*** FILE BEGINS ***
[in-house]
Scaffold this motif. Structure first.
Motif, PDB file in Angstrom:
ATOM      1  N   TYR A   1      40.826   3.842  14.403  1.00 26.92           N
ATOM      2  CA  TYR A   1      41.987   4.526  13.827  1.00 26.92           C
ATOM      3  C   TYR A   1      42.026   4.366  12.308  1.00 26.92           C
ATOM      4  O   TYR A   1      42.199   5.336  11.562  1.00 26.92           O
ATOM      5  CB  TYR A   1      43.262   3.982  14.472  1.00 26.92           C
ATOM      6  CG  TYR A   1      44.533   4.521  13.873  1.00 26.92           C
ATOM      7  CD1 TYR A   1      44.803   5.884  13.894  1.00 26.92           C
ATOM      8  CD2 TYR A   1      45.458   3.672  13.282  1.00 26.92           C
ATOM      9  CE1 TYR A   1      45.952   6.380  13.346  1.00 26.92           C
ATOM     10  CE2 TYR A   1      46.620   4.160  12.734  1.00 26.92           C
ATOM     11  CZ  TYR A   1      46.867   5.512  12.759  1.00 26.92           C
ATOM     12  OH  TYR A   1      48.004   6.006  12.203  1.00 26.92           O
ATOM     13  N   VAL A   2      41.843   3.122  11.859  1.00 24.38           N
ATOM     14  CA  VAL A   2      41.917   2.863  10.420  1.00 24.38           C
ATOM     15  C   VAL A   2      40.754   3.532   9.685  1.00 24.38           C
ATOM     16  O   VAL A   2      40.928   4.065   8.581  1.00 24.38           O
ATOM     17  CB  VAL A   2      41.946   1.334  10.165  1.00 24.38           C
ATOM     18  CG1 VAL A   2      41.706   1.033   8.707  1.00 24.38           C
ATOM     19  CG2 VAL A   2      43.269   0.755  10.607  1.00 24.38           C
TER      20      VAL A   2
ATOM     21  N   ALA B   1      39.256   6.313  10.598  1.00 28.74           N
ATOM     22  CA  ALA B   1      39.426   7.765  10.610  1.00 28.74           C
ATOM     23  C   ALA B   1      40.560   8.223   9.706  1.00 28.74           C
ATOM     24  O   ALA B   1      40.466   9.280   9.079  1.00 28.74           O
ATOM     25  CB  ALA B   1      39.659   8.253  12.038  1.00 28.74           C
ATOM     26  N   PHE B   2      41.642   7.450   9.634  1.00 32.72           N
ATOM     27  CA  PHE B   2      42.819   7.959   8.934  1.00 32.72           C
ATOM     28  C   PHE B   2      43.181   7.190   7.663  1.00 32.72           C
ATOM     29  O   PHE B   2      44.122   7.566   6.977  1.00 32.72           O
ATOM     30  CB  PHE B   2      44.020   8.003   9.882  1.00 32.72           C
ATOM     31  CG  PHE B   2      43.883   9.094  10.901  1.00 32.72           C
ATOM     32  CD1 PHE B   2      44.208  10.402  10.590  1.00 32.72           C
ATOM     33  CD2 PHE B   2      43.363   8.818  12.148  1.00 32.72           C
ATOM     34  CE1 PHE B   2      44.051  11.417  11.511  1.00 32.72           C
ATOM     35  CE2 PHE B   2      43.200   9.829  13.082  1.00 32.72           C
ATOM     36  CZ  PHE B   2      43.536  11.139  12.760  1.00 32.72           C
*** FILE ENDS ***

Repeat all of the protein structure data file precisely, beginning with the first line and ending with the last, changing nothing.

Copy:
[in-house]
Scaffold this motif. Structure first.
Motif, PDB file in Angstrom:
ATOM      1  N   TYR A   1      40.826   3.842  14.403  1.00 26.92           N
ATOM      2  CA  TYR A   1      41.987   4.526  13.827  1.00 26.92           C
ATOM      3  C   TYR A   1      42.026   4.366  12.308  1.00 26.92           C
ATOM      4  O   TYR A   1      42.199   5.336  11.562  1.00 26.92           O
ATOM      5  CB  TYR A   1      43.262   3.982  14.472  1.00 26.92           C
ATOM      6  CG  TYR A   1      44.533   4.521  13.873  1.00 26.92           C
ATOM      7  CD1 TYR A   1      44.803   5.884  13.894  1.00 26.92           C
ATOM      8  CD2 TYR A   1      45.458   3.672  13.282  1.00 26.92           C
ATOM      9  CE1 TYR A   1      45.952   6.380  13.346  1.00 26.92           C
ATOM     10  CE2 TYR A   1      46.620   4.160  12.734  1.00 26.92           C
ATOM     11  CZ  TYR A   1      46.867   5.512  12.759  1.00 26.92           C
ATOM     12  OH  TYR A   1      48.004   6.006  12.203  1.00 26.92           O
ATOM     13  N   VAL A   2      41.843   3.122  11.859  1.00 24.38           N
ATOM     14  CA  VAL A   2      41.917   2.863  10.420  1.00 24.38           C
ATOM     15  C   VAL A   2      40.754   3.532   9.685  1.00 24.38           C
ATOM     16  O   VAL A   2      40.928   4.065   8.581  1.00 24.38           O
ATOM     17  CB  VAL A   2      41.946   1.334  10.165  1.00 24.38           C
ATOM     18  CG1 VAL A   2      41.706   1.033   8.707  1.00 24.38           C
ATOM     19  CG2 VAL A   2      43.269   0.755  10.607  1.00 24.38           C
TER      20      VAL A   2
ATOM     21  N   ALA B   1      39.256   6.313  10.598  1.00 28.74           N
ATOM     22  CA  ALA B   1      39.426   7.765  10.610  1.00 28.74           C
ATOM     23  C   ALA B   1      40.560   8.223   9.706  1.00 28.74           C
ATOM     24  O   ALA B   1      40.466   9.280   9.079  1.00 28.74           O
ATOM     25  CB  ALA B   1      39.659   8.253  12.038  1.00 28.74           C
ATOM     26  N   PHE B   2      41.642   7.450   9.634  1.00 32.72           N
ATOM     27  CA  PHE B   2      42.819   7.959   8.934  1.00 32.72           C
ATOM     28  C   PHE B   2      43.181   7.190   7.663  1.00 32.72           C
ATOM     29  O   PHE B   2      44.122   7.566   6.977  1.00 32.72           O
ATOM     30  CB  PHE B   2      44.020   8.003   9.882  1.00 32.72           C
ATOM     31  CG  PHE B   2      43.883   9.094  10.901  1.00 32.72           C
ATOM     32  CD1 PHE B   2      44.208  10.402  10.590  1.00 32.72           C
ATOM     33  CD2 PHE B   2      43.363   8.818  12.148  1.00 32.72           C
ATOM     34  CE1 PHE B   2      44.051  11.417  11.511  1.00 32.72           C
ATOM     35  CE2 PHE B   2      43.200   9.829  13.082  1.00 32.72           C
ATOM     36  CZ  PHE B   2      43.536  11.139  12.760  1.00 32.72           C